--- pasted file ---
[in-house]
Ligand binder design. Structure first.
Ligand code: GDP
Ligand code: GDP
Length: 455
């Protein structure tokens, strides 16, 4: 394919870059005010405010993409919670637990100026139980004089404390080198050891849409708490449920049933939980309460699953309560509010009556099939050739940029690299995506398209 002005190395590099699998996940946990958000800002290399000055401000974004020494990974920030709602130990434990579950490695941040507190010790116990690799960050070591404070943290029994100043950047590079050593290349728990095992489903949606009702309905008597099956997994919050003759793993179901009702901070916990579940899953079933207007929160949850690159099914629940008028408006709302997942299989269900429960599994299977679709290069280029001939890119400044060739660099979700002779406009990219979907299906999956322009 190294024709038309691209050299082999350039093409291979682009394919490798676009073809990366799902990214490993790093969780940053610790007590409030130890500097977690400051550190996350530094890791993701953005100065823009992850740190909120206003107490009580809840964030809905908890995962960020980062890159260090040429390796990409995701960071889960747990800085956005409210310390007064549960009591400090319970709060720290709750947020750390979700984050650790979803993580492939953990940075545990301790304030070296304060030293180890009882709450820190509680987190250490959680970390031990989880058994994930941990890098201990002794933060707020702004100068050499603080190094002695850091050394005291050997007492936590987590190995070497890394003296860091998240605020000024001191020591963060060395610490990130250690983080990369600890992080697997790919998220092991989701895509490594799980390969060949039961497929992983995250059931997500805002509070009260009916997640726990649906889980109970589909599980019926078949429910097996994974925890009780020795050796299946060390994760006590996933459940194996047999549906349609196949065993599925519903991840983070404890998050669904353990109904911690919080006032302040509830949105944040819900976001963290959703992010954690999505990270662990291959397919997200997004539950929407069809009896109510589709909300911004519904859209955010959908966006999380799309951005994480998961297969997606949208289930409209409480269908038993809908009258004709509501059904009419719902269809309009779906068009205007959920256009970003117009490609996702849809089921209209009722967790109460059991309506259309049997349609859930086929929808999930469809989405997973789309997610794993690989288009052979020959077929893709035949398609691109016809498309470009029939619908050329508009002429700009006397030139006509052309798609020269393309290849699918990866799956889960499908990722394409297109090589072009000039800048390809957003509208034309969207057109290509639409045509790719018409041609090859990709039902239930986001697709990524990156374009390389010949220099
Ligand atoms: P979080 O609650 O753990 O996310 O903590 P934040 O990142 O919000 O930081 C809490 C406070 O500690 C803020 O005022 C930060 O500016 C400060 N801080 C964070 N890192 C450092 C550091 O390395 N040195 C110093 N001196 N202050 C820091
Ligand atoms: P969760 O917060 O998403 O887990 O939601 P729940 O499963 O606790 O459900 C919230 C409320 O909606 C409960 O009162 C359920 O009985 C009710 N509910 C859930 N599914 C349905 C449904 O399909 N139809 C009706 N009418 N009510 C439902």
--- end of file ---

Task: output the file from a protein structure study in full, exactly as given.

[in-house]
Ligand binder design. Structure first.
Ligand code: GDP
Ligand code: GDP
Length: 455
């Protein structure tokens, strides 16, 4: 394919870059005010405010993409919670637990100026139980004089404390080198050891849409708490449920049933939980309460699953309560509010009556099939050739940029690299995506398209 002005190395590099699998996940946990958000800002290399000055401000974004020494990974920030709602130990434990579950490695941040507190010790116990690799960050070591404070943290029994100043950047590079050593290349728990095992489903949606009702309905008597099956997994919050003759793993179901009702901070916990579940899953079933207007929160949850690159099914629940008028408006709302997942299989269900429960599994299977679709290069280029001939890119400044060739660099979700002779406009990219979907299906999956322009 190294024709038309691209050299082999350039093409291979682009394919490798676009073809990366799902990214490993790093969780940053610790007590409030130890500097977690400051550190996350530094890791993701953005100065823009992850740190909120206003107490009580809840964030809905908890995962960020980062890159260090040429390796990409995701960071889960747990800085956005409210310390007064549960009591400090319970709060720290709750947020750390979700984050650790979803993580492939953990940075545990301790304030070296304060030293180890009882709450820190509680987190250490959680970390031990989880058994994930941990890098201990002794933060707020702004100068050499603080190094002695850091050394005291050997007492936590987590190995070497890394003296860091998240605020000024001191020591963060060395610490990130250690983080990369600890992080697997790919998220092991989701895509490594799980390969060949039961497929992983995250059931997500805002509070009260009916997640726990649906889980109970589909599980019926078949429910097996994974925890009780020795050796299946060390994760006590996933459940194996047999549906349609196949065993599925519903991840983070404890998050669904353990109904911690919080006032302040509830949105944040819900976001963290959703992010954690999505990270662990291959397919997200997004539950929407069809009896109510589709909300911004519904859209955010959908966006999380799309951005994480998961297969997606949208289930409209409480269908038993809908009258004709509501059904009419719902269809309009779906068009205007959920256009970003117009490609996702849809089921209209009722967790109460059991309506259309049997349609859930086929929808999930469809989405997973789309997610794993690989288009052979020959077929893709035949398609691109016809498309470009029939619908050329508009002429700009006397030139006509052309798609020269393309290849699918990866799956889960499908990722394409297109090589072009000039800048390809957003509208034309969207057109290509639409045509790719018409041609090859990709039902239930986001697709990524990156374009390389010949220099
Ligand atoms: P979080 O609650 O753990 O996310 O903590 P934040 O990142 O919000 O930081 C809490 C406070 O500690 C803020 O005022 C930060 O500016 C400060 N801080 C964070 N890192 C450092 C550091 O390395 N040195 C110093 N001196 N202050 C820091
Ligand atoms: P969760 O917060 O998403 O887990 O939601 P729940 O499963 O606790 O459900 C919230 C409320 O909606 C409960 O009162 C359920 O009985 C009710 N509910 C859930 N599914 C349905 C449904 O399909 N139809 C009706 N009418 N009510 C439902």